For a discussion of normal renal and urinary tract function in pregnancy, see Chapter 6, Normal Pregnancy & Prenatal Care.
Asymptomatic bacteriuria is defined as the presence of actively multiplying bacteria in the urinary tract, excluding the distal urethra, in a patient without any obvious symptoms. The incidence is the same in nonpregnant and pregnant females and averages 2–10%; however, a number of physiologic changes that occur during pregnancy predispose a woman to bacteriuria, including increased glucose concentration in the urine and increased stasis due to the relaxant progesterone effect. Risk factors for developing asymptomatic bacteriuria include low socioeconomic status, parity, age, sexual practice, and medical conditions such as diabetes and sickle cell trait. Escherichia coli is the most common offending organism for asymptomatic bacteriuria (approximately 80% of cases). The Klebsiella-Enterobacter-Serratia group, Staphylococcus aureus, Enterococcus, group B Streptococcus, and Proteus are responsible for the remainder of cases.
The primary concern with asymptomatic bacteriuria in pregnancy is that it is associated with an increased risk of both maternal and fetal complications during pregnancy (see later).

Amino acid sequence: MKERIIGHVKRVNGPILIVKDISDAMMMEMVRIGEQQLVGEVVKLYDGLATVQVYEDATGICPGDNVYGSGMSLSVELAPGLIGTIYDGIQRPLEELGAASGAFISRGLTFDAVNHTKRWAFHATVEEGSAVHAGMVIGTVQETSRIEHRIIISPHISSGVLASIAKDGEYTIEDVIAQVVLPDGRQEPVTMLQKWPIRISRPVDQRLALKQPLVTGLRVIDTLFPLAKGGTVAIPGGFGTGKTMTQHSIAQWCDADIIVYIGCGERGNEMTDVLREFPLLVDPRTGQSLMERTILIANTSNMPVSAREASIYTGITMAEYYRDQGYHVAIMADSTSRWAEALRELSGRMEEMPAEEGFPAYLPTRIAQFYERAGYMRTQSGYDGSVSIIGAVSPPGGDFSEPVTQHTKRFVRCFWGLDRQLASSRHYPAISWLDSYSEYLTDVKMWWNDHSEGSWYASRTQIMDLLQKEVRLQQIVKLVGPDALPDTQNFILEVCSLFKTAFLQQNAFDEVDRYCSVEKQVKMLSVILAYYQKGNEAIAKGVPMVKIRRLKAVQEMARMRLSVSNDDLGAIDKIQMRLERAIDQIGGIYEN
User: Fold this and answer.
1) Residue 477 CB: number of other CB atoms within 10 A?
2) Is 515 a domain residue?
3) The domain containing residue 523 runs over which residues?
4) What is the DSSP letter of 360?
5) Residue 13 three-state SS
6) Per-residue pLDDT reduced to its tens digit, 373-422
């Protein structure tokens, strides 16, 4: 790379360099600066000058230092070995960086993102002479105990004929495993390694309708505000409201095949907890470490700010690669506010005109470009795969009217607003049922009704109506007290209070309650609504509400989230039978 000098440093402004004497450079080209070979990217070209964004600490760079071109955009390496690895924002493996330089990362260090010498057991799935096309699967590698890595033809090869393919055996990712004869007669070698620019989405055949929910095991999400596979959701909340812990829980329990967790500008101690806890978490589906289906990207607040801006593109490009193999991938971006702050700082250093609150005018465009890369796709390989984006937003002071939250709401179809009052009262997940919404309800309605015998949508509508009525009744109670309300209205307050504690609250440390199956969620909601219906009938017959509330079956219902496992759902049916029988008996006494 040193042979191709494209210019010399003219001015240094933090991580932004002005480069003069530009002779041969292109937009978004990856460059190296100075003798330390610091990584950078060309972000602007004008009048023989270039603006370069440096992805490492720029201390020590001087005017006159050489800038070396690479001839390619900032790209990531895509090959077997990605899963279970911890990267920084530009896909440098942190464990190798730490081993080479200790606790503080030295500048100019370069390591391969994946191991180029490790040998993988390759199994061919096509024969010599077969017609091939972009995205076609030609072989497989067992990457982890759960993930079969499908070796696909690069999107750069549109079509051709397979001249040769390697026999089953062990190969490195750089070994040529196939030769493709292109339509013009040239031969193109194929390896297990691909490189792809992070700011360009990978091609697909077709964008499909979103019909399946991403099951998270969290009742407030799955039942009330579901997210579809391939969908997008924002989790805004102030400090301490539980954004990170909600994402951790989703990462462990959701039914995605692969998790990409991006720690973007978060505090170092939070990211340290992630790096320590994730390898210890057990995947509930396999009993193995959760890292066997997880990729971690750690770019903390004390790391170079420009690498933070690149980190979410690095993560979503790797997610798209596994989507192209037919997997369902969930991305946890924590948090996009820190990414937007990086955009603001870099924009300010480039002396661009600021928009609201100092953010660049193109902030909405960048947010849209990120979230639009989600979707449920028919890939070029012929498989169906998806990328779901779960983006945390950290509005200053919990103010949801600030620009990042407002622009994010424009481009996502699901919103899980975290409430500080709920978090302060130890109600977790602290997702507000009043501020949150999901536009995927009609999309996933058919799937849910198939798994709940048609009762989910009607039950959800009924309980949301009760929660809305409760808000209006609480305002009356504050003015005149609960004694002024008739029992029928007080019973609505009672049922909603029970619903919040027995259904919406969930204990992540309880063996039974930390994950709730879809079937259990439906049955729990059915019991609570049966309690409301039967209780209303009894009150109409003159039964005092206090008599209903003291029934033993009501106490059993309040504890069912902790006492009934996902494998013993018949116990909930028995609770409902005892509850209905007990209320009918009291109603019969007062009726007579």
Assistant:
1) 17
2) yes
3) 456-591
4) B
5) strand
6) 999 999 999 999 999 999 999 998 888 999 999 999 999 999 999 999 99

Certain underlying medical disorders may predispose a woman to asymptomatic bacteriuria during pregnancy. Asymptomatic bacteriuria is twice as common in pregnant women with sickle cell trait and 3 times as common in pregnant women with diabetes or with renal transplant as in normal pregnant women. Therefore, we advise that monthly routine urine cultures should be performed in these women when pregnant.
The diagnosis of asymptomatic bacteriuria is based on isolation of microorganisms with a colony count > 105 organisms per milliliter of urine in a clean-catch specimen in a woman who is experiencing no symptoms of urinary tract infection. When obtaining a clean-catch specimen, the patient should be instructed to clean the vulvar area from front to back to avoid contamination of the urine sample.
The main risk of asymptomatic bacteriuria is the development of pyelonephritis. Due to anatomic dilation in the renal system during pregnancy, there is increased stasis of urine in the pregnant urinary tract and a much higher risk of developing an overt infection from the bacteruria. Due to this risk, many authorities advocate screening all pregnant women for bacteruria, and unlike nonpregnant women, a pregnant woman found to have bacteruria should be treated promptly. If asymptomatic bacteriuria is left untreated in pregnancy, up to 40% of patients will develop symptoms of urinary tract infection (UTI), a significant increase from the almost negligible risk in nonpregnant women. Approximately 25–30% of women will develop acute pyelonephritis. With treatment, the rate ...